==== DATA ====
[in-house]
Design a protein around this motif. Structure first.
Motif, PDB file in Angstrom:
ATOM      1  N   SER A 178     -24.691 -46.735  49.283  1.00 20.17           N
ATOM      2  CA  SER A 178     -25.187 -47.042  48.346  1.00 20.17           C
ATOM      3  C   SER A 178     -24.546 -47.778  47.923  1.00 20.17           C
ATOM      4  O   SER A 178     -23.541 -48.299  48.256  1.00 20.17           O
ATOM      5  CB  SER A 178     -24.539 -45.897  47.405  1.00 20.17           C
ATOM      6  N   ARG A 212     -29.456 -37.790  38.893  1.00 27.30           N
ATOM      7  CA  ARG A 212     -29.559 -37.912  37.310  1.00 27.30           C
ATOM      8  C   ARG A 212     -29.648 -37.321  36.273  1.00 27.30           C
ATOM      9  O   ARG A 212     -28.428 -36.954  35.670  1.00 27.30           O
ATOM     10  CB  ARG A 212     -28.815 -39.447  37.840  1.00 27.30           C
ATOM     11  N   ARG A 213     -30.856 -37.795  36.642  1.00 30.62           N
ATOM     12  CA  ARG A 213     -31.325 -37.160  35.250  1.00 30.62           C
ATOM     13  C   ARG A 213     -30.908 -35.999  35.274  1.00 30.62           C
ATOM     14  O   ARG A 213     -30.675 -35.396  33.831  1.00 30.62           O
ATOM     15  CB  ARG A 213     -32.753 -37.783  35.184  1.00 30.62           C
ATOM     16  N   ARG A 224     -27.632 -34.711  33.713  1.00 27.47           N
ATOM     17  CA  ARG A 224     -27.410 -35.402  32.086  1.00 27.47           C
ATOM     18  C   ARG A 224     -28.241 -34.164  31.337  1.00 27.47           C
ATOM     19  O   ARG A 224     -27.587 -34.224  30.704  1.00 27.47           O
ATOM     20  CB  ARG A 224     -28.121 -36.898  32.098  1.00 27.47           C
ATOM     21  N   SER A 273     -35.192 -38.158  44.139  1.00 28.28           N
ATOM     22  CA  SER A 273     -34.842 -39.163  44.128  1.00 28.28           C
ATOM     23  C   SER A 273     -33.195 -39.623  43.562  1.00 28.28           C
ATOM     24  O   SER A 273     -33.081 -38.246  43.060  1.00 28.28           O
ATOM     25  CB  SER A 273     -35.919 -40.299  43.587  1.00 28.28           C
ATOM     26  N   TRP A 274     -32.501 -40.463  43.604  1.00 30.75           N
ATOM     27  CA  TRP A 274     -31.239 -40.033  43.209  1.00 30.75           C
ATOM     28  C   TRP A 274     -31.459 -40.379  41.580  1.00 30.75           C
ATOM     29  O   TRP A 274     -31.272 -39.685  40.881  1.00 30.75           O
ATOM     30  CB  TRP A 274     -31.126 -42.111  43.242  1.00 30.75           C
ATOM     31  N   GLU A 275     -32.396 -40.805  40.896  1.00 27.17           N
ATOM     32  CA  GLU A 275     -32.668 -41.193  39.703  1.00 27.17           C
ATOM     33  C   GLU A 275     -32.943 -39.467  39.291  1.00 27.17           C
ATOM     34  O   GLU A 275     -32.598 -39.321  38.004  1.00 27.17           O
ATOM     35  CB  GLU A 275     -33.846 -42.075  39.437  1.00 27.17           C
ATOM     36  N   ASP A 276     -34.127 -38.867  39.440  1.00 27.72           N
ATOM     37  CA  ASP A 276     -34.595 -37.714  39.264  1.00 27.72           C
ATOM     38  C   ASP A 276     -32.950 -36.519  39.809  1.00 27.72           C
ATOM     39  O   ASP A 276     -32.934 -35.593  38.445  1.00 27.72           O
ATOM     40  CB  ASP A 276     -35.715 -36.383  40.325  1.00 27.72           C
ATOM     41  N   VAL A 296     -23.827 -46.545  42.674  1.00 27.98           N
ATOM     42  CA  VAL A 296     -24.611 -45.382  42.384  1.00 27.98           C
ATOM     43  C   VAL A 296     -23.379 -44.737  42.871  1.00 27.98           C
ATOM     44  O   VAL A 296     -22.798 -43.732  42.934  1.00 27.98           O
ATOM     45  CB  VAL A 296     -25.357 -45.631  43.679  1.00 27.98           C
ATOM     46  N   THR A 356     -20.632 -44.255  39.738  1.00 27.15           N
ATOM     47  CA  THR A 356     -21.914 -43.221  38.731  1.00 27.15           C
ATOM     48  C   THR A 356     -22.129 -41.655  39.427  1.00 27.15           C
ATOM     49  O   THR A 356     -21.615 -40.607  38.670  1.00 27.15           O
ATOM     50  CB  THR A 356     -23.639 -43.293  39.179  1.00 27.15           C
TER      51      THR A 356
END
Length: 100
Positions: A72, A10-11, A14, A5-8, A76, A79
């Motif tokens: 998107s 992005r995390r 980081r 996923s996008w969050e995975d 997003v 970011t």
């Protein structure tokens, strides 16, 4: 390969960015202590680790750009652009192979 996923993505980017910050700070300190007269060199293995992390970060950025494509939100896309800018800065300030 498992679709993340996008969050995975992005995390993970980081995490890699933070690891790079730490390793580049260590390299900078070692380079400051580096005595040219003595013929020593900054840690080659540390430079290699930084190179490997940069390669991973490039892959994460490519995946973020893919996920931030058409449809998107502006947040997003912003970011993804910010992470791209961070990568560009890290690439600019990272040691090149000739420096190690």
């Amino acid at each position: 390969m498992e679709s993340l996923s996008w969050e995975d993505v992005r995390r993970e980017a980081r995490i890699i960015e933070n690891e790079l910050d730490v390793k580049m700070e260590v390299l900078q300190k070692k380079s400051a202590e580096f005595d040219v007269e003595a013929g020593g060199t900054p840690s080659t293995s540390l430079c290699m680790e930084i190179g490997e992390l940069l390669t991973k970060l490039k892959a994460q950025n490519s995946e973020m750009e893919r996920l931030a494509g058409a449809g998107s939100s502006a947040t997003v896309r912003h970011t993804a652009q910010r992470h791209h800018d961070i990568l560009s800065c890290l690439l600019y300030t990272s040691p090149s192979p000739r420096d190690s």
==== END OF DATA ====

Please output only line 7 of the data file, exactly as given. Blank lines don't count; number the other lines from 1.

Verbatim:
ATOM      4  O   SER A 178     -23.541 -48.299  48.256  1.00 20.17           O